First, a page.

it doesn’t sound like a hurdy-gurdy, either

As the sidebar currently says, my current musical project is an album called Materials.  It’s the kind of music that I have been making — the dark side of ambient, spooky, unsettling, etc. — but it’s also a study of Mutable Instruments Rings.  Rings, a physical modeling resonator, is one of the most popular Eurorack modules (#4 if you can trust ModularGrid) and with good reason.

The easiest way to use Rings is to just send it a pitch and optionally a trigger signal, and it produces a lovely plucked string or struck bar or membrane — sounding like metal, glass, wood, etc.  Guitars, xylophones, some types of drums and so on are in easy reach.  But its ease of use, popularity and beauty have made it something of a cliche, and there’s a backlash against its easily recognizable sounds.

Like any good backlash, there’s a counter-backlash.  The module’s designer and some musicians such as Billy Gomberg  point out you can think of it more as a sort of filter/reverb. Feed any audio source into Rings (including itself) and now instead of tapping those strings and plates, you’re bowing them, rubbing them, blowing air over them, vibrating them sympathetically… really it’s entire worlds of realistic and impossible materials for musical manipulation.

yes, this is my all time favorite XKCD.

Rings was the module that got me into Eurorack in the first place, and I was doing this “fancy” stuff on my first day with it.  To me it’s what makes Rings so good.

Early in October I read too many “it always sounds the same” posts and snapped.  And by “snapped” I mean “decided to record an album that proves them wrong.”

The challenge has been holding back from centering other stuff that I really like — but coming up with myriad ways to use Rings that don’t “sound like Rings” has been fun and easy.  I have a whole list of things I could try that I will probably never get around to.  I even wound up trading a couple of less favored modules for a second Rings — they work really well together.

oh yeah.

Overall, I feel like the best partner for a Rings is Plaits, Mutable’s versatile “macro oscillator” that incorporates many different synthesis methods.  But when you have a whole modular synth to work with, plus field recordings, software synths, samples of acoustic instruments, and so on there is really no limit.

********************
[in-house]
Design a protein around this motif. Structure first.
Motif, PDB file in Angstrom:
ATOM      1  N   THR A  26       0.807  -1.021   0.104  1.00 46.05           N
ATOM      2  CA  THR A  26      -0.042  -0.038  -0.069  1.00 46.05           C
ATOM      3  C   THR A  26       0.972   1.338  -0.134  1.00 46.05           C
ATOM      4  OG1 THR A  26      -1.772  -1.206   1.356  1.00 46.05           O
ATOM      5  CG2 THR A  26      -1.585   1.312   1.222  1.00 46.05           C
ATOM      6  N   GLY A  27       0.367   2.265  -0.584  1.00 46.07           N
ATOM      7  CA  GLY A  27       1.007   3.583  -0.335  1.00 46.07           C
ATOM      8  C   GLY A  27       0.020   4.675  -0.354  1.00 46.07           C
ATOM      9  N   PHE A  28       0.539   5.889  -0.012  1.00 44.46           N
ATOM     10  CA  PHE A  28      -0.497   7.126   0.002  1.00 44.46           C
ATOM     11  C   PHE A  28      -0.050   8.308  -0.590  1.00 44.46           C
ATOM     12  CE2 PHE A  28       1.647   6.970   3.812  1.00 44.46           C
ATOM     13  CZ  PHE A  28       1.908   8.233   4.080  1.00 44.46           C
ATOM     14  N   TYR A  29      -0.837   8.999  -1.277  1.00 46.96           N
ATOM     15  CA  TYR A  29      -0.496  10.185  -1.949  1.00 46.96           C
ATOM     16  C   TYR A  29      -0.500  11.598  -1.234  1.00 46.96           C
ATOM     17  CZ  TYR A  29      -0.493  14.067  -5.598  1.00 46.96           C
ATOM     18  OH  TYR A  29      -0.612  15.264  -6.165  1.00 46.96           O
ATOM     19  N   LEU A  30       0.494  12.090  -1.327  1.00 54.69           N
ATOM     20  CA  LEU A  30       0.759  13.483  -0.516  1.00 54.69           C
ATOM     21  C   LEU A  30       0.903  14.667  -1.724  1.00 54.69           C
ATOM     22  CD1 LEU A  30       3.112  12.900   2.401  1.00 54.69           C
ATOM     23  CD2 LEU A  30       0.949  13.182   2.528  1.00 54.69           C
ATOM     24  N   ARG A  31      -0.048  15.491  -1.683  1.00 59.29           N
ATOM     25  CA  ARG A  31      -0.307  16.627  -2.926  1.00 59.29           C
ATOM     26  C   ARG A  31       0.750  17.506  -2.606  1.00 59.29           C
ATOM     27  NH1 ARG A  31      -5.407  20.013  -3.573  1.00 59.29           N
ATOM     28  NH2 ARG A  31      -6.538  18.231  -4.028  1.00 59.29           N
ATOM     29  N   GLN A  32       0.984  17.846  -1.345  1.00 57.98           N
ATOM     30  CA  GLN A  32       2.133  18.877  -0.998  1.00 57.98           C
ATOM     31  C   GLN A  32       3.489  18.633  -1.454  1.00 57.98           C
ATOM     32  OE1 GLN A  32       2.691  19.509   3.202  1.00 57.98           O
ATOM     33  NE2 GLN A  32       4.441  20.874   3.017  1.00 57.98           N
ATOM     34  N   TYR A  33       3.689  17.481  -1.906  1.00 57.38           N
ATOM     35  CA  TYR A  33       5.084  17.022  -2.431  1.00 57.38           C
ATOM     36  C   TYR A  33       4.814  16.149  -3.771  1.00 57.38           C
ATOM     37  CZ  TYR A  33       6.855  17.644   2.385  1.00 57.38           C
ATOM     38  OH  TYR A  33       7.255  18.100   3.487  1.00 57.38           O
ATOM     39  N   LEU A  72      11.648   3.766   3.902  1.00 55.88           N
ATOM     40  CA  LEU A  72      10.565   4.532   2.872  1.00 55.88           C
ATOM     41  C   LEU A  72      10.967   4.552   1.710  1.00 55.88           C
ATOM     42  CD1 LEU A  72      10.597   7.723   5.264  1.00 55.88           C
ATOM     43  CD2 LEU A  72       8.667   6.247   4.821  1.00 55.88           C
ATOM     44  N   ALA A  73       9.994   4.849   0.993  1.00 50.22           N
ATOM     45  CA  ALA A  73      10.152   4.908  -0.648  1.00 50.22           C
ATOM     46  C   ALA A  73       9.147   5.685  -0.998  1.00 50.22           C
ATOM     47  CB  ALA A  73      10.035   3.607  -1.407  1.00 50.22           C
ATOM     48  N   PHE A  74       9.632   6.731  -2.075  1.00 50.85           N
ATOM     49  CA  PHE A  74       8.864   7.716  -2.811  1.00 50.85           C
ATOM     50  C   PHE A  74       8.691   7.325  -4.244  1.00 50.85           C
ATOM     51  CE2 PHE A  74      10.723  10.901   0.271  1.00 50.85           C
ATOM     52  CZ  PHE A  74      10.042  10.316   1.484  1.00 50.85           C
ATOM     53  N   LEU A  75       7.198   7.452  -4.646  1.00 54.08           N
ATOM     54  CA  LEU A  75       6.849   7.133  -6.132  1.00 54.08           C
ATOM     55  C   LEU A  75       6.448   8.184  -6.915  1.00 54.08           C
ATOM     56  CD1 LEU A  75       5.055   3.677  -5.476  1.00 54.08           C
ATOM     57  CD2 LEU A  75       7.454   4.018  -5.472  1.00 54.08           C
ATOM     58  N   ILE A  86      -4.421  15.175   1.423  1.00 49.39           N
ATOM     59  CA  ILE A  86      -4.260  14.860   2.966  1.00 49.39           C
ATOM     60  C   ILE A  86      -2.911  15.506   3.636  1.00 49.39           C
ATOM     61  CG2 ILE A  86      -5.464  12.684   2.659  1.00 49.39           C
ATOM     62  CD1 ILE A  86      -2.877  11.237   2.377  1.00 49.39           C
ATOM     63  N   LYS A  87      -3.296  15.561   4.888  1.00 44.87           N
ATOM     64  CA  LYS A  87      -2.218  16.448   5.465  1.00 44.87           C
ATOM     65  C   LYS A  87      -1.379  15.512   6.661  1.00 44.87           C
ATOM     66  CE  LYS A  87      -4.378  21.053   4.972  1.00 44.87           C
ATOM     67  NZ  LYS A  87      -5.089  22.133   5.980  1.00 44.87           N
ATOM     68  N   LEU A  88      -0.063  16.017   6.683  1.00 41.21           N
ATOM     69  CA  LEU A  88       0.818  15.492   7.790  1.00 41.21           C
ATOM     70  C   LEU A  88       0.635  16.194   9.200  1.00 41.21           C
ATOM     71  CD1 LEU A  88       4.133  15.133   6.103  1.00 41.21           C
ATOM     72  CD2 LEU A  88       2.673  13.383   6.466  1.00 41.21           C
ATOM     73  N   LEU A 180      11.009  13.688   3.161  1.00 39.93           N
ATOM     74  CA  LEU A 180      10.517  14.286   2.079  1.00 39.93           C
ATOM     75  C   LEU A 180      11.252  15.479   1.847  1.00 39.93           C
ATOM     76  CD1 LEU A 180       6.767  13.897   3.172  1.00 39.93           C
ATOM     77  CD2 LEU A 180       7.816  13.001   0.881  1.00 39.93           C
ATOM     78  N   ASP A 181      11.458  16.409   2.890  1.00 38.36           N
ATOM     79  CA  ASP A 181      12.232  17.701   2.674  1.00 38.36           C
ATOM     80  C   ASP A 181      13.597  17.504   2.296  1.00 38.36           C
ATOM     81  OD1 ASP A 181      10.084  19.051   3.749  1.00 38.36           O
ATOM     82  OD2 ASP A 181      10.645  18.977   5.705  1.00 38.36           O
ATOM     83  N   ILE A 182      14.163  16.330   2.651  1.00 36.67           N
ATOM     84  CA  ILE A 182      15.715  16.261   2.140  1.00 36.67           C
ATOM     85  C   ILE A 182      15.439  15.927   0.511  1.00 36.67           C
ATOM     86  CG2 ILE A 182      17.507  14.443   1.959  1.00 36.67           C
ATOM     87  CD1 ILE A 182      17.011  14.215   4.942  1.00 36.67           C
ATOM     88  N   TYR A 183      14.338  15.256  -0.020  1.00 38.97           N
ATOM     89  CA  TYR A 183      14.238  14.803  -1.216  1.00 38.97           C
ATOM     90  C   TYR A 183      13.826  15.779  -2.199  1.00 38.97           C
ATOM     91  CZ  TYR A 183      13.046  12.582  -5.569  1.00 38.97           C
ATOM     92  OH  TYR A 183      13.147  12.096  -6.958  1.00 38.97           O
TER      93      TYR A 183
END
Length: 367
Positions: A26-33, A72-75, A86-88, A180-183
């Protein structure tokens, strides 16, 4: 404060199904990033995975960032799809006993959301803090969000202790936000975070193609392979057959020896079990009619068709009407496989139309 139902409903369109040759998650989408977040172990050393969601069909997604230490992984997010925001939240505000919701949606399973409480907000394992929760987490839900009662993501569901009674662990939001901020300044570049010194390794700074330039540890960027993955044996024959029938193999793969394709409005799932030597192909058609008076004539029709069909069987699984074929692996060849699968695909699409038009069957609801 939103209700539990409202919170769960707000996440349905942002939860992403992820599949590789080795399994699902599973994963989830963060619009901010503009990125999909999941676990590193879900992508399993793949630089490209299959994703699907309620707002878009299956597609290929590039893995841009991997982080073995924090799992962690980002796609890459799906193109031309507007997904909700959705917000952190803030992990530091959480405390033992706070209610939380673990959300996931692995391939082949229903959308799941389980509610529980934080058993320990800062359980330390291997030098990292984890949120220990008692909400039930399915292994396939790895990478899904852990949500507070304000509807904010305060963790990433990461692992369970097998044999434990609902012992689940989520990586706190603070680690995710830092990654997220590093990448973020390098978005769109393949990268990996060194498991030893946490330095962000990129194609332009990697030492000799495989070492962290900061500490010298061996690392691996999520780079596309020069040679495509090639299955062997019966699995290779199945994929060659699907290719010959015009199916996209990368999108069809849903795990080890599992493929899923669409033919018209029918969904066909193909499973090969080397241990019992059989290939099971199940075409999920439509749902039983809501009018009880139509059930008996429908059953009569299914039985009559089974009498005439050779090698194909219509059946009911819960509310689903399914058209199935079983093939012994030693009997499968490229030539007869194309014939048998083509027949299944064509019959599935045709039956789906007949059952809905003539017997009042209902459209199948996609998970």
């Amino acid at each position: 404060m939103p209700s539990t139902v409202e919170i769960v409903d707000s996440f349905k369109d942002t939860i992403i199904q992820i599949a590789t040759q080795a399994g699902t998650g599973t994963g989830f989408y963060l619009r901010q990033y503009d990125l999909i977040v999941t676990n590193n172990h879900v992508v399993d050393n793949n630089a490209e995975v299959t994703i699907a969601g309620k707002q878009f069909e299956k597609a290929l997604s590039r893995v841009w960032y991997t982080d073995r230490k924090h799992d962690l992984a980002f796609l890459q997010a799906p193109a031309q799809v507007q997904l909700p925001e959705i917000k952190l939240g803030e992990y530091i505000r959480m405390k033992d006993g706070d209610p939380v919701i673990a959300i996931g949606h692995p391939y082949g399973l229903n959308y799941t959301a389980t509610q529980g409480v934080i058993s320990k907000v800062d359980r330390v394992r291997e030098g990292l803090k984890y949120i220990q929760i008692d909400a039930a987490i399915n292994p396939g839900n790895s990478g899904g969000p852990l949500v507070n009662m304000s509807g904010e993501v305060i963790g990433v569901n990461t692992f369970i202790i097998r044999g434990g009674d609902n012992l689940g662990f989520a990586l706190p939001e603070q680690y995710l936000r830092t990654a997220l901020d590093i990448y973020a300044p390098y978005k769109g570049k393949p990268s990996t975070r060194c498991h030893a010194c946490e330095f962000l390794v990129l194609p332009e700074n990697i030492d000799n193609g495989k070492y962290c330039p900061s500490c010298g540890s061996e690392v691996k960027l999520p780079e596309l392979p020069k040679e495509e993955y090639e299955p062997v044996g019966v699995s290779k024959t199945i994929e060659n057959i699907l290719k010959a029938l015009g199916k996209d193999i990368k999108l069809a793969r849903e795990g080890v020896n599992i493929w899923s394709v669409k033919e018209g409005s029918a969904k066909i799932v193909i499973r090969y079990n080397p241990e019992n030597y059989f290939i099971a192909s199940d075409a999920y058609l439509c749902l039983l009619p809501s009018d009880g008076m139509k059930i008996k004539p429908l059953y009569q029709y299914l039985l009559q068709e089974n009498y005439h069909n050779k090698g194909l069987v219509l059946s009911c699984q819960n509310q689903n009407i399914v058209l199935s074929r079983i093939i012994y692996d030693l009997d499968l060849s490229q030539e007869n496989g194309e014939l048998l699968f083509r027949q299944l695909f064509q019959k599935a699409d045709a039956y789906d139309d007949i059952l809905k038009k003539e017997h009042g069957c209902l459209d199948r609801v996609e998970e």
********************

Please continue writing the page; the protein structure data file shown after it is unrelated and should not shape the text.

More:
Yesterday’s effort used Rhythmic Robot Hurdy-Gurdy as the sound source for the first Rings, which then fed the second Rings.  Strings vibrating strings vibrating strings!   The gurdy and both resonators were mixed and run through reverb and a touch of distortion and filtering.  Here is the result.

Piercing the Gloom

Doesn’t really sound like a guitar or xylophone, does it?

blob blob concern

Maybe you’ve never wondered how I come up with song titles, but there is a thread on Ambient Online about that question, and reading it today coincided with an update from one of my favorite sources of name inspiration.

I’m sure I’ll write plenty later about my process(es) for creating music, but this is what happens after.  Or during.  Or before!

Sometimes, songs name themselves.  I’ll be finishing it up and stop to listen through, about to record, and some impression will strike me and lead to a name.  Or not, and I might just pick a temporary name so I can save the project file, and get around to a real name later.

OriginalFinal
Textura IKermadec Trench
Textura IIBathyal
Assorted CitrusHadal Pressure
TarnWhale Fall
Five BoolLoki’s Castle

Sometimes I have a theme in mind for the album, and that helps me choose a name.  Although in the case of Nereus, I already had most of the album done when the theme struck me, and I wound up renaming several songs (some of them, several times.)  I had to keep a chart for a while so I wouldn’t lose track. 

When all else fails, I consult my list.  Whenever I invent or find a turn of phrase that I think has a remote chance of working — or when my spouse suggests it — I put it on my “Song Names” note in Simplenote.  Most of the things on this list will never be used, and sometimes I cull the least interesting and least likely.  But sometimes going over the list and finding these goofy phrases will trigger a better idea.

Also contributing to this list:  the neural network antics featured on AI Weirdness.  During my period of prolific exploration in 2016-2017, I leaned on it quite heavily, giving such fantastic titles as “Zuby Glong,” “Crab Water,” and “Corcaunitiol.”  I haven’t used it so much on my album releases, but again, sometimes those random strings trigger some ideas.

Here are some great bits from today’s blog post over there:

lower blob blob blob blob blob blob blob blob blob blob blob blob dragon right , screamed . , as sneak pet ruined a whatever their sole elven found chief of their kind , at which involving died other bastard dwarven blob blob blob blob blob blob blob blob blob blob blob concern

he was a wizard, and explained that he was in a small town of stars. 

a rat in the darkness

in the blood of curious

How could one fail to be inspired by such poetry?

(I really like “Zuby Glong” though.)

Another great source of names, phrases, and inspiration is Botnik Predictive Writer.  Being both themed and somewhat human-directed, it tends to make actual coherent phrases.

With Salt On Your Arms
Of This Debris is a World Built
A Small Change of Wavelength

(I may actually use one or all of these.)

Really though, coming up with names is not the hard part.  I feel like, if you’re creative enough to do all of the other stuff then you should have no trouble with…

…nevermind.